Case Study: How Flora & Fauna Leads the Way for Sustainability

Ally Feiam By Ally Feiam | 07 Dec 2021

Sustainability is in the DNA of everything Flora & Fauna do, so it should come as no surprise that the retailer has firmly secured itself a spot in the Power Retail Sustainability Index.

For over seven years, Flora & Fauna has gone from strength to strength in its eco-efforts and continues to inspire other retailers to follow suit. Flora & Fauna was established by Julie Mathers in 2014, with a pursuit to help everyone make better choices. The business only sells vegan, ethically-sourced, cruelty-free and low impact products for its consumers. From skincare to baby and pet products, the retailer offers over 9,000 products from more than 300 brands on its platform.

Working with the local community, the retailer aims to drive change. From the eco-friendly packaging of every online order to the pens the team uses in the office, there is no stone left unturned.

Flora & Fauna is leading the way for sustainability in Australia, and its ‘single most important value’ is to be kind. “When we look at being kind we look at our Planet, Animals, and People,” its mission statement reads. As a B Corp Certified business, the retailer works with Greenfleet, Sea Shepherd and One Tree Planted, businesses that regenerate forests across Australia and worldwide, and protect marine wildlife. But that’s not all. Every year since its inception, the retailer has worked towards a new goal and set new milestones to secure a better future for the planet.

In 2016, Flora & Fauna moved to plastic-free shipping packaging, saving over 30 tonnes of plastic.

The business also launched its own recycling program, which has been a ‘huge success’ for both the retailer and the planet. “We have a very active recycling program, and recently we have started recycling blister packs and bread tags along with beauty packaging,” says Mathers. “This has been a huge success in terms of us receiving a lot of recycling and preventing it from entering landfills!”

In 2017, Flora & Fauna became one of the first Australian retailers to achieve a B Corp Certification, receiving a score of 87 in its first certification. That score has only increased since, now at an industry-leading result of 91, which Flora & Fauna received in May 2021. All orders have been carbon offset since June 2019, the same time the retailer opened its first physical store in the North Rocks, Sydney.

In July 2020, Flora & Fauna launched the Take It Back initiative, to reduce plastic packaging used in shipping orders. Working with suppliers, Flora & Fauna prevents the use of any unnecessary plastic packaging and urges them to focus on eco-friendly alternatives. This means that if Flora & Fauna are unhappy with the packaging they receive, they send it back to the supplier if they aren’t seeing any improvements. On the flipside, they encourage and celebrate the suppliers that are doing the right thing and taking steps to drive change.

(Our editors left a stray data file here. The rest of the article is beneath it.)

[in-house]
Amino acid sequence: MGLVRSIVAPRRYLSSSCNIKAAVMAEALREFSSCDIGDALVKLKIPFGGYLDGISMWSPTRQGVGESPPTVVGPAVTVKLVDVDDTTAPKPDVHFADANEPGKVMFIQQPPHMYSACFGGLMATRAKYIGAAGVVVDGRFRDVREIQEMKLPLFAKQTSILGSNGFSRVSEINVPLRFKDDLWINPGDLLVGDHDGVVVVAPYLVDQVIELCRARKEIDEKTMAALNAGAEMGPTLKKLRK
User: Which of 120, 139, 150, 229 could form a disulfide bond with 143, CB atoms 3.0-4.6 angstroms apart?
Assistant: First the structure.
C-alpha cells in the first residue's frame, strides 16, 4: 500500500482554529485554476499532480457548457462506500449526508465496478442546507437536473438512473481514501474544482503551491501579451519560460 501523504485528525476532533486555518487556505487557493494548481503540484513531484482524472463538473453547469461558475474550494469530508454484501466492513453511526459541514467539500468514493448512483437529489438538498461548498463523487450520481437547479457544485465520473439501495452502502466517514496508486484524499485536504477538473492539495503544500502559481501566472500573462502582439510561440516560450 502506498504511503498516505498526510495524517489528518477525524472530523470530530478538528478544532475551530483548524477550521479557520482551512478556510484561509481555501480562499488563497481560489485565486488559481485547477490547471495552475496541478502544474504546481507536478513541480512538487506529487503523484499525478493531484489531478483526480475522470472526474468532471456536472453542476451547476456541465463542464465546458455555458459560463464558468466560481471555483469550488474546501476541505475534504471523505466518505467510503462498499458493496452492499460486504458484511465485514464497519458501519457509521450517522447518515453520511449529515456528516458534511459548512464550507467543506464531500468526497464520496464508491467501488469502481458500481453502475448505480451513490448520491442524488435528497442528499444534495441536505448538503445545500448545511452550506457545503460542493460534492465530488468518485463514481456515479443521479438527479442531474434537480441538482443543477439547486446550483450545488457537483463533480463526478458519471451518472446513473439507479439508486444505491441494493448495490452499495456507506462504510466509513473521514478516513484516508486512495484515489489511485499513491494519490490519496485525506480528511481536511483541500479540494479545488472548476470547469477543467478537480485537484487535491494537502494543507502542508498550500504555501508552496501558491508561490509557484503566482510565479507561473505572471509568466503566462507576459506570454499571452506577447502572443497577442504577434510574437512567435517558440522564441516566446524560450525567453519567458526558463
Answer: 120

Flora & Fauna turned Black Friday into Green Friday last year. Working with Greenfleet, the retailer carbon offset the customer’s individual carbon emissions for the day, which roughly equates to about 63kgs of Co2-e for every order.

The drive for sustainable change runs deep within the veins of the company, from the warehouse to the customer’s doorstep, and even inside the office. “It doesn’t need to be huge things,” says Mathers on sustainable practices. Her team have even swapped out their regular pens for Eco Pens, which are made from carbon-neutral materials and have saved over 25,000 pens from entering landfills.

Flora & Fauna isn’t stopping here. The retailer has set multiple targets that they intend to achieve before 2024, including the commitment to becoming Carbon Negative by the end of 2021. Furthermore, the team has pledged to reduce employment inequality, pledging 18 percent of their employees to be represented by people with disabilities by the end of 2021. By 2022, Flora & Fauna aims to close the loop on all of its waste, and make its warehouse operations completely plastic-free by 2024.

“We’ve been on this journey for a long time so we’re further cementing what we’re doing,” Mathers tells Power Retail. “We’re going to keep pushing boundaries and really listening to our customers and community.”

Mathers encourages her entire team to inspire this message, and knows that change starts at the top. She is a firm believer that the CEO needs to drive change, inspire others and instil the importance of sustainability into their everyday practices. But it’s not just her team that she hopes to inspire, it’s other businesses too. “We need to drive change as retailers – it’s what our customers want and it’s what our planet needs,” says Julie Mathers. “There is absolutely an expectation that all businesses think about their impact and are doing something about it.”

She tells Power Retail that she has seen a ‘greater focus’ on the topic of sustainability in retail, specifically with earth-conscious products, and businesses examining the impact of their operations and the emissions they create. “The conversation is constantly changing and is becoming more common at all levels in an organisation – it’s regularly discussed at the board level and is becoming a strategic pillar for many retailers,” she says.

Retailers in Australia, and worldwide, need to make sustainability a priority in 2022 and beyond if they haven’t already started doing so. Does your online business drive purpose over profit? Are you working towards a positive impact? We want to hear from you! Submit your business for the Power Retail Sustainability Index today!

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